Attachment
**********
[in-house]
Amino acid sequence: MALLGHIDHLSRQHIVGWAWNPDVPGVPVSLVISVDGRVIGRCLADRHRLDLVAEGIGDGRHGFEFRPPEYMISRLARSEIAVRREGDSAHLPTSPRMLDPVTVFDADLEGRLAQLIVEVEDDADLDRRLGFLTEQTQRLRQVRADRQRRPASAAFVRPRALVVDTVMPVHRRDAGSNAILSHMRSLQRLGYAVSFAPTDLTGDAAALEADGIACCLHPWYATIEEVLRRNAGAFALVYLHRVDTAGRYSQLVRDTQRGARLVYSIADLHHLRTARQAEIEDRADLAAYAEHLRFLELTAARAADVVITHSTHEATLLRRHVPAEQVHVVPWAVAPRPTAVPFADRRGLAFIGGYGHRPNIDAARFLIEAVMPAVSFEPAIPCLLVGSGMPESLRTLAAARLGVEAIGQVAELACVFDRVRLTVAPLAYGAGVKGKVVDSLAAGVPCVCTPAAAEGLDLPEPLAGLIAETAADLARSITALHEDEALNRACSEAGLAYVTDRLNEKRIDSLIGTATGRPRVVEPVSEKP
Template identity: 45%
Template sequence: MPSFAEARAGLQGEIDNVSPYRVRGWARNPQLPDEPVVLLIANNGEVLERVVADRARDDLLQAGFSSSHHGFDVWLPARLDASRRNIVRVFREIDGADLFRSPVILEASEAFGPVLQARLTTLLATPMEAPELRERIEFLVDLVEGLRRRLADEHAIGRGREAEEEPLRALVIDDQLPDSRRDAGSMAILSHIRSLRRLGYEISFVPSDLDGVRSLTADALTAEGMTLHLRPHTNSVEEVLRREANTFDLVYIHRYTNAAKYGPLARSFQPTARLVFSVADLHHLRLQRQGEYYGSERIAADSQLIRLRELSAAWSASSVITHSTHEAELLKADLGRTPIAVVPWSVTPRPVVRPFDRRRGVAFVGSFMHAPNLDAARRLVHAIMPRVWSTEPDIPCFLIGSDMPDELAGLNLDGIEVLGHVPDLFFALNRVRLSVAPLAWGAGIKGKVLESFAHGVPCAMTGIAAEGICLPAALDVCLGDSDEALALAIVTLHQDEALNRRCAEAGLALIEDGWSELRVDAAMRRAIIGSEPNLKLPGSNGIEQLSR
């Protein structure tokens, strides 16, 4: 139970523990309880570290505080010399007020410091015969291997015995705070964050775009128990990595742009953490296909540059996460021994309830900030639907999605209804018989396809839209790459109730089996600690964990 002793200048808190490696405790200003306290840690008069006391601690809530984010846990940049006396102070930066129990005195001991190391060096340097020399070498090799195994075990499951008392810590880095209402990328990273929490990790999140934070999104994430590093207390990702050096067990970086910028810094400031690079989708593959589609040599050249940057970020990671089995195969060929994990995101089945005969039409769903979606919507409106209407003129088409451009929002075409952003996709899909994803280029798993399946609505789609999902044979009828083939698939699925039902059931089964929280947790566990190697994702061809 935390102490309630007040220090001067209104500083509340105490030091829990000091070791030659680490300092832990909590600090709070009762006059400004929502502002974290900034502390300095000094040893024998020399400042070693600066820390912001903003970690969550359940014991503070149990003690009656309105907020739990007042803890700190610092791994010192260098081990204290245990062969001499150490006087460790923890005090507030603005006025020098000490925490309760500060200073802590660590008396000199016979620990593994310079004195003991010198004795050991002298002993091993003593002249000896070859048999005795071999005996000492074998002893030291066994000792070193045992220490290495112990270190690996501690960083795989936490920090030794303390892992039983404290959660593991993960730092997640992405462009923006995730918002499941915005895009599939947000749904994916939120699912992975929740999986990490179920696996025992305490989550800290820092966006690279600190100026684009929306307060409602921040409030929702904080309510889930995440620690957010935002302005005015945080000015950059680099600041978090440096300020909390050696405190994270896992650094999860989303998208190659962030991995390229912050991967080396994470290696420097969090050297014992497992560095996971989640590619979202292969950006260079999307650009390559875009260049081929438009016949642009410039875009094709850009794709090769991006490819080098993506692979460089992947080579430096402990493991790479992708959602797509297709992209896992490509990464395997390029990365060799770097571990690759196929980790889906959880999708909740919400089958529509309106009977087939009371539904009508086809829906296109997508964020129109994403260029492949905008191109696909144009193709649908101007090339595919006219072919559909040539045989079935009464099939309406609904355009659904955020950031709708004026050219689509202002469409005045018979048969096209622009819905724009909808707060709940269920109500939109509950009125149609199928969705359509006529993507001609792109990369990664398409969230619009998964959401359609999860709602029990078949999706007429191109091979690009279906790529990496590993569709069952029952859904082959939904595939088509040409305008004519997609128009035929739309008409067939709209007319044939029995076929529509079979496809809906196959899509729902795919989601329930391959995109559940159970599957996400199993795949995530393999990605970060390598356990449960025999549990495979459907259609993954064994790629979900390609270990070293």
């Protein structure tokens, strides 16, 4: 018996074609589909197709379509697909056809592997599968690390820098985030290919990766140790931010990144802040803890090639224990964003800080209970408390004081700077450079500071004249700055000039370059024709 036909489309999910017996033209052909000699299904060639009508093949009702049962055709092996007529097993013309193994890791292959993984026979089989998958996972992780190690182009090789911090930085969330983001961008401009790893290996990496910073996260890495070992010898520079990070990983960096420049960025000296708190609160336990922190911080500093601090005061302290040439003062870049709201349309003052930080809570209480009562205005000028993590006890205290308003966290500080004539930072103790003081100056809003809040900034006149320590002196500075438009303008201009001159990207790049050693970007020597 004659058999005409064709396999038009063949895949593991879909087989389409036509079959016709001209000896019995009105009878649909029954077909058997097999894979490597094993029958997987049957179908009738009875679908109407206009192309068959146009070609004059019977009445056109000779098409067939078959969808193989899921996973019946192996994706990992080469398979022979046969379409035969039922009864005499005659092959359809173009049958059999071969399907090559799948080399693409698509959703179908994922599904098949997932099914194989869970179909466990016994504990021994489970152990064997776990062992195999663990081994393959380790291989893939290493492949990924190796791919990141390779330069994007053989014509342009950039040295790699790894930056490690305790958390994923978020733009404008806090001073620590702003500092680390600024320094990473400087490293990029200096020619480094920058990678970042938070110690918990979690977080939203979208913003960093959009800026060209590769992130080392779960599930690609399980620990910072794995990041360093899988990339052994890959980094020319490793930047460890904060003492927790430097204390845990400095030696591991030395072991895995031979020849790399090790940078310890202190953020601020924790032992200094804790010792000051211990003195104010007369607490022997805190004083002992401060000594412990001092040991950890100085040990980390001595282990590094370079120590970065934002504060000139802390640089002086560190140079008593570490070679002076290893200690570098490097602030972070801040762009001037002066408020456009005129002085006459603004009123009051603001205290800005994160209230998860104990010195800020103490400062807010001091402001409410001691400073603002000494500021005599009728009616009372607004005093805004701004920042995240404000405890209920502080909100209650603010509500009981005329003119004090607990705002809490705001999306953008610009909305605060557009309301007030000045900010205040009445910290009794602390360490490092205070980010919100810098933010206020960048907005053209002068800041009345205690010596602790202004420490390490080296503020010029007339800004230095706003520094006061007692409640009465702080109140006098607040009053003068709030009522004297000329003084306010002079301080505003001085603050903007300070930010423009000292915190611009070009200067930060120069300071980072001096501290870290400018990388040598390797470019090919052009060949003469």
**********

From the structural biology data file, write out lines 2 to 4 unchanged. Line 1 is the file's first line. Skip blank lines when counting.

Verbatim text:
Amino acid sequence: MALLGHIDHLSRQHIVGWAWNPDVPGVPVSLVISVDGRVIGRCLADRHRLDLVAEGIGDGRHGFEFRPPEYMISRLARSEIAVRREGDSAHLPTSPRMLDPVTVFDADLEGRLAQLIVEVEDDADLDRRLGFLTEQTQRLRQVRADRQRRPASAAFVRPRALVVDTVMPVHRRDAGSNAILSHMRSLQRLGYAVSFAPTDLTGDAAALEADGIACCLHPWYATIEEVLRRNAGAFALVYLHRVDTAGRYSQLVRDTQRGARLVYSIADLHHLRTARQAEIEDRADLAAYAEHLRFLELTAARAADVVITHSTHEATLLRRHVPAEQVHVVPWAVAPRPTAVPFADRRGLAFIGGYGHRPNIDAARFLIEAVMPAVSFEPAIPCLLVGSGMPESLRTLAAARLGVEAIGQVAELACVFDRVRLTVAPLAYGAGVKGKVVDSLAAGVPCVCTPAAAEGLDLPEPLAGLIAETAADLARSITALHEDEALNRACSEAGLAYVTDRLNEKRIDSLIGTATGRPRVVEPVSEKP
Template identity: 45%
Template sequence: MPSFAEARAGLQGEIDNVSPYRVRGWARNPQLPDEPVVLLIANNGEVLERVVADRARDDLLQAGFSSSHHGFDVWLPARLDASRRNIVRVFREIDGADLFRSPVILEASEAFGPVLQARLTTLLATPMEAPELRERIEFLVDLVEGLRRRLADEHAIGRGREAEEEPLRALVIDDQLPDSRRDAGSMAILSHIRSLRRLGYEISFVPSDLDGVRSLTADALTAEGMTLHLRPHTNSVEEVLRREANTFDLVYIHRYTNAAKYGPLARSFQPTARLVFSVADLHHLRLQRQGEYYGSERIAADSQLIRLRELSAAWSASSVITHSTHEAELLKADLGRTPIAVVPWSVTPRPVVRPFDRRRGVAFVGSFMHAPNLDAARRLVHAIMPRVWSTEPDIPCFLIGSDMPDELAGLNLDGIEVLGHVPDLFFALNRVRLSVAPLAWGAGIKGKVLESFAHGVPCAMTGIAAEGICLPAALDVCLGDSDEALALAIVTLHQDEALNRRCAEAGLALIEDGWSELRVDAAMRRAIIGSEPNLKLPGSNGIEQLSR